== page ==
You know that feeling when you are on the uphill part of a roller coaster? There is that tick, tick, tick, of the car, your heart beats a bit faster as you look down, the seat belt starts to strain as you test just how tight you set it, you try to remember to look out and see the surrounding city, but it’s hard to peel your eyes from the pinnacle……now imagine all that tension and that you can see your parents tied to the tracks ahead and the knowledge that you have to choose one, just one to save. You have to choose just one, mom or dad. That’s The Farm. The tension in The Farm just builds and builds and like a dog with a bone, it just won’t let go of you once you pick it up.
If you refuse to believe me, I will no longer consider you my son.
Daniel believed that his parents were enjoying a peaceful retirement on a remote farm in Sweden. But with a single phone call, everything changes.
Your mother…she’s not well, his father tells him. She’s been imagining things – terrible, terrible things. She’s had a psychotic breakdown, and been committed to a mental hospital.
Before Daniel can board a plane to Sweden, his mother calls: Everything that man has told you is a lie. I’m not mad… I need the police… Meet me at Heathrow.
That’s how it starts for Daniel. His parents retired to Sweden last year and because he has never opened up to them about your sexuality, he has pretty much avoided making a visit because that would mean introducing them to Mark, his boyfriend.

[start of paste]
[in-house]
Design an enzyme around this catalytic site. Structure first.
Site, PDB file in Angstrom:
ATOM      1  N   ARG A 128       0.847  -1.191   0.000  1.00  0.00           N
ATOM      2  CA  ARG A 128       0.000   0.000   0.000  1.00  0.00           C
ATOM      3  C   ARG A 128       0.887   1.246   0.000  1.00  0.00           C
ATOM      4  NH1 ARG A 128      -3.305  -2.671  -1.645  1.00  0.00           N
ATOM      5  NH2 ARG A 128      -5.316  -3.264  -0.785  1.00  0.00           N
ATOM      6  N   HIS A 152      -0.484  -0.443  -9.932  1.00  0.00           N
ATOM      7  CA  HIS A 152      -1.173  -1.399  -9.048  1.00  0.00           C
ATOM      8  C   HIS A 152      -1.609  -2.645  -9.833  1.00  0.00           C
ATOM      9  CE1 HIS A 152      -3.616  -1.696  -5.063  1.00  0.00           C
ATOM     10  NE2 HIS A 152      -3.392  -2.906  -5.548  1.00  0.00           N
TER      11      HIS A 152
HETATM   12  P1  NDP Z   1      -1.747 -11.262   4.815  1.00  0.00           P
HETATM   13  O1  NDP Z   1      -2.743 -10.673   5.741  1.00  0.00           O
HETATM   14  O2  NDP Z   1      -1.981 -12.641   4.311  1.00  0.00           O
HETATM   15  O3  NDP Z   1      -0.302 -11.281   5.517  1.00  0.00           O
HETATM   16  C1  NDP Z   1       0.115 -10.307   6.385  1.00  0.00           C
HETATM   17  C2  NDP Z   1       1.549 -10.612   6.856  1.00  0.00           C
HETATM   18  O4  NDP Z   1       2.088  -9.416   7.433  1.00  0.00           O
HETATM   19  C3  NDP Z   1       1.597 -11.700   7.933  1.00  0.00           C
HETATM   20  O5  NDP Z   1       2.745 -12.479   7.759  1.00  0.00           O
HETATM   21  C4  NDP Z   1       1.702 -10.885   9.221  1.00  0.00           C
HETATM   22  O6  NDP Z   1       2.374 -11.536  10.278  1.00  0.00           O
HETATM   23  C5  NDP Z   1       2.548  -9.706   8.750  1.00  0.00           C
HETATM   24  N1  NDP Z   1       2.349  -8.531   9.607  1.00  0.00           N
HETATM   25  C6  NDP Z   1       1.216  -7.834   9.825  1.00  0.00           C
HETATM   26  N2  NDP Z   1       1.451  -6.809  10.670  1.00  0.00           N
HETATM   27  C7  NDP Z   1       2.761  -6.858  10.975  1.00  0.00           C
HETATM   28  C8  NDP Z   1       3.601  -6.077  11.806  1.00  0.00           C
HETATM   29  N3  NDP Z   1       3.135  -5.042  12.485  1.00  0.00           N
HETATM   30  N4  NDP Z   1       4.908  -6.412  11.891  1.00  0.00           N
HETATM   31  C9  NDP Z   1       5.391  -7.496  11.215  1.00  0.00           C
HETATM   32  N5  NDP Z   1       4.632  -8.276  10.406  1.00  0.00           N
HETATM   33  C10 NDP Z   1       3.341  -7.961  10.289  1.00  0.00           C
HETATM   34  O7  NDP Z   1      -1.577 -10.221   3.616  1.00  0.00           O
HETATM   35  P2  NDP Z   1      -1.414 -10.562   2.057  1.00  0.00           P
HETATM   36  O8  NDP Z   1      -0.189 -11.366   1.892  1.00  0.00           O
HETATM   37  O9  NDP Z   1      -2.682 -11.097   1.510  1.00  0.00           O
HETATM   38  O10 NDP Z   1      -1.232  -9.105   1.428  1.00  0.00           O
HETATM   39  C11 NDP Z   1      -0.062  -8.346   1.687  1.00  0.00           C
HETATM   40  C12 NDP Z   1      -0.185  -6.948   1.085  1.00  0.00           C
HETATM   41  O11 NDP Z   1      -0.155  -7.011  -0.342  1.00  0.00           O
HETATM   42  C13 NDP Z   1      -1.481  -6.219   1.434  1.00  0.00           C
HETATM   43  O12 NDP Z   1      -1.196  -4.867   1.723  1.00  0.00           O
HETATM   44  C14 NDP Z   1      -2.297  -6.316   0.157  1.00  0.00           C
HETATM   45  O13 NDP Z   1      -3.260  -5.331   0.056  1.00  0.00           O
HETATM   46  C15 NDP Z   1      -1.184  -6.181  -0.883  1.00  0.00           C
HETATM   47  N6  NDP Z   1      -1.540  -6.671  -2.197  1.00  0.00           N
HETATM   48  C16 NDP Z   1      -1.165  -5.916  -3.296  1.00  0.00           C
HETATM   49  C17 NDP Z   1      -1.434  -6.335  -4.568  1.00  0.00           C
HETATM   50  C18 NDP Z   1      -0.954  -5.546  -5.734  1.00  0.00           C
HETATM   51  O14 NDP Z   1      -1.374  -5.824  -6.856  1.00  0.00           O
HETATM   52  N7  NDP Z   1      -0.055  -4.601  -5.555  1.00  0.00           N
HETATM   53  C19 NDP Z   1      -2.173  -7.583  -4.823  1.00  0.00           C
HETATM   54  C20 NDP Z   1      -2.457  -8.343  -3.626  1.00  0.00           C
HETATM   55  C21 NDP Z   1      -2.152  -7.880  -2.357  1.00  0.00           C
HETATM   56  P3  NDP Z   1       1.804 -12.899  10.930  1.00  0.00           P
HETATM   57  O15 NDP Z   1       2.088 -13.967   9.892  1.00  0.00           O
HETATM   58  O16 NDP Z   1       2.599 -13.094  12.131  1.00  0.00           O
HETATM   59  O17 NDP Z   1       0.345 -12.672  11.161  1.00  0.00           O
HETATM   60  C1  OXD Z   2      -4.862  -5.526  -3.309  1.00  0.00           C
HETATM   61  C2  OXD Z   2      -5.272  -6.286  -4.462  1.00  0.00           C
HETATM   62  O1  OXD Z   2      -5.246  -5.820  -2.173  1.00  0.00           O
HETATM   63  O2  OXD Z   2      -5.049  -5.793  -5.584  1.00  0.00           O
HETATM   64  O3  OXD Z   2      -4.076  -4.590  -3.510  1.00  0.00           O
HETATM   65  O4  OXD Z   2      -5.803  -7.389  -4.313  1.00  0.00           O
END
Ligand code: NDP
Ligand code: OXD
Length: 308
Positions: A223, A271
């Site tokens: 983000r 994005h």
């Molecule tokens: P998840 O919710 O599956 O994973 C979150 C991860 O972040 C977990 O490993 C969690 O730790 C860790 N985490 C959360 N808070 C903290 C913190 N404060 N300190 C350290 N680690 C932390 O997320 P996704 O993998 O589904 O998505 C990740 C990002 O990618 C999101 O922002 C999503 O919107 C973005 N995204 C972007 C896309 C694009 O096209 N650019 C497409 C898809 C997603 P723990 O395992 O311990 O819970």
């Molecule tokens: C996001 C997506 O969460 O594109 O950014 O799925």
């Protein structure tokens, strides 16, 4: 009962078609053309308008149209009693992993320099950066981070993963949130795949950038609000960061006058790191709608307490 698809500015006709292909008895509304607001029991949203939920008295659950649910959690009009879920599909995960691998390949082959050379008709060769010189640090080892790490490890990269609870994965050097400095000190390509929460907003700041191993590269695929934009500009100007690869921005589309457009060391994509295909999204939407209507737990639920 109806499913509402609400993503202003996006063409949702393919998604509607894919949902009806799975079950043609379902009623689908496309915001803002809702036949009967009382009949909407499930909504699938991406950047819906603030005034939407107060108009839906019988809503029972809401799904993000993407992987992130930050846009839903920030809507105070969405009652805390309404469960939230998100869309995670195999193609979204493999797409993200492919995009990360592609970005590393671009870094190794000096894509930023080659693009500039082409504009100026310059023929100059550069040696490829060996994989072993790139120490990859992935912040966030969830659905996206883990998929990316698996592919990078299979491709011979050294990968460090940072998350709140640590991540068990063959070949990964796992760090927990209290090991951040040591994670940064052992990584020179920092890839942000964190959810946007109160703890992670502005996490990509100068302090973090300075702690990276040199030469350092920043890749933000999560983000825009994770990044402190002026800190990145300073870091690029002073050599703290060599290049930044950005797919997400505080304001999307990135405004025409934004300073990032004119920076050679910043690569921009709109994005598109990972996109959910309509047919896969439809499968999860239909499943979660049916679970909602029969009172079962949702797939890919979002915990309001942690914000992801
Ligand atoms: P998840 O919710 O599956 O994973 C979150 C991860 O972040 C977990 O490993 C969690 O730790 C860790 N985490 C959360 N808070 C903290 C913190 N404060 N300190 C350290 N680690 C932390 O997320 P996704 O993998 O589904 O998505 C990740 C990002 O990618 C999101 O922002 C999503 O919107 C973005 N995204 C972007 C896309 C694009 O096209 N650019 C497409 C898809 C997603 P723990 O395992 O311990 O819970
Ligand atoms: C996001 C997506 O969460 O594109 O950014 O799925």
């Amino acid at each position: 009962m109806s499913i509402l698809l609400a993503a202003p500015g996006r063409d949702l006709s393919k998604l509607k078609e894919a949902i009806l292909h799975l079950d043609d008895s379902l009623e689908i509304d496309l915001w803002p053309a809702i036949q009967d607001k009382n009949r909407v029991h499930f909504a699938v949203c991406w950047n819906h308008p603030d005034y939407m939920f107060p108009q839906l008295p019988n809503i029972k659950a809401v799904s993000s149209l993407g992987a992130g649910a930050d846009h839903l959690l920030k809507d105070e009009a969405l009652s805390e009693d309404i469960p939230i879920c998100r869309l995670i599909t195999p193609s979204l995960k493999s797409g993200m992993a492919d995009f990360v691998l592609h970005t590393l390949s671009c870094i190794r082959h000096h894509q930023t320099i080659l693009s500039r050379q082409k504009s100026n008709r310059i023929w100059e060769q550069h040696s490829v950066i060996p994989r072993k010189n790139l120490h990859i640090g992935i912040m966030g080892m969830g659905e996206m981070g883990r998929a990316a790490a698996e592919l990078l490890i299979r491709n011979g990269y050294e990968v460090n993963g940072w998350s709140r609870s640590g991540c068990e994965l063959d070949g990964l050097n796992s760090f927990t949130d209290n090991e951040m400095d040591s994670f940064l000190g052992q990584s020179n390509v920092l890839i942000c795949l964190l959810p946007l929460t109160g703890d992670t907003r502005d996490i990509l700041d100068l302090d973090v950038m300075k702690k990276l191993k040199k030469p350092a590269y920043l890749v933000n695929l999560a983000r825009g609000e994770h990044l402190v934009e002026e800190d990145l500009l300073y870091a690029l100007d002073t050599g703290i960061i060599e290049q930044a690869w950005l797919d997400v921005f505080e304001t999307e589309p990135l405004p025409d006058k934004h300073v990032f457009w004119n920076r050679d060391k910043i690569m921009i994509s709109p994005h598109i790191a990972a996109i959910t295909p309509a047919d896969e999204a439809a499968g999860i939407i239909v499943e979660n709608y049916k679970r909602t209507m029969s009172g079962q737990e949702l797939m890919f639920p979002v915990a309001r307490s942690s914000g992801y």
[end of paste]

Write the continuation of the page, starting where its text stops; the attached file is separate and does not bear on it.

So Daniel picks his mom up at Heathrow and she starts to tell him, from the beginning, what has happened. You think you know your parents, like Mark does, until you are thrown into a crisis and realize that you really don’t know them at all. That feeling that you know them is even stronger than the feeling you might have with your spouse and yet is based on childhood memories and the false faces that our parents show us.
As Daniel listens to his mother, he is constantly forced to take sides; his dad or his mom. One minute, he believes that his dad is right and he deals with his mother calmly like you would a nut. Then he sees her side and even though he doesn’t want to believe it, his dad suddenly looks like the bad guy. It’s the ultimate moment in time when you have to start being an adult and find that you have to now parent, your parents. (A theme that many of us have or will face.)
Now, I’ve read Smith’s earlier trilogy, Child 44 and it was good, but this is better. Not only has he become a better, tighter writer, but he has taken on a situation that most of us can picture ourselves; maybe not as extreme as poor Daniel, but it’s still the stuff that can keep you up at night just like this book did to me.
The Farm by Tom Rob Smith
- Hardcover: 368 pages
- Publisher: Grand Central Publishing; First Edition edition (June 3, 2014)
- ISBN-10: 0446550736
- ISBN-13: 978-0446550734
I received this book from the publisher for an honest review.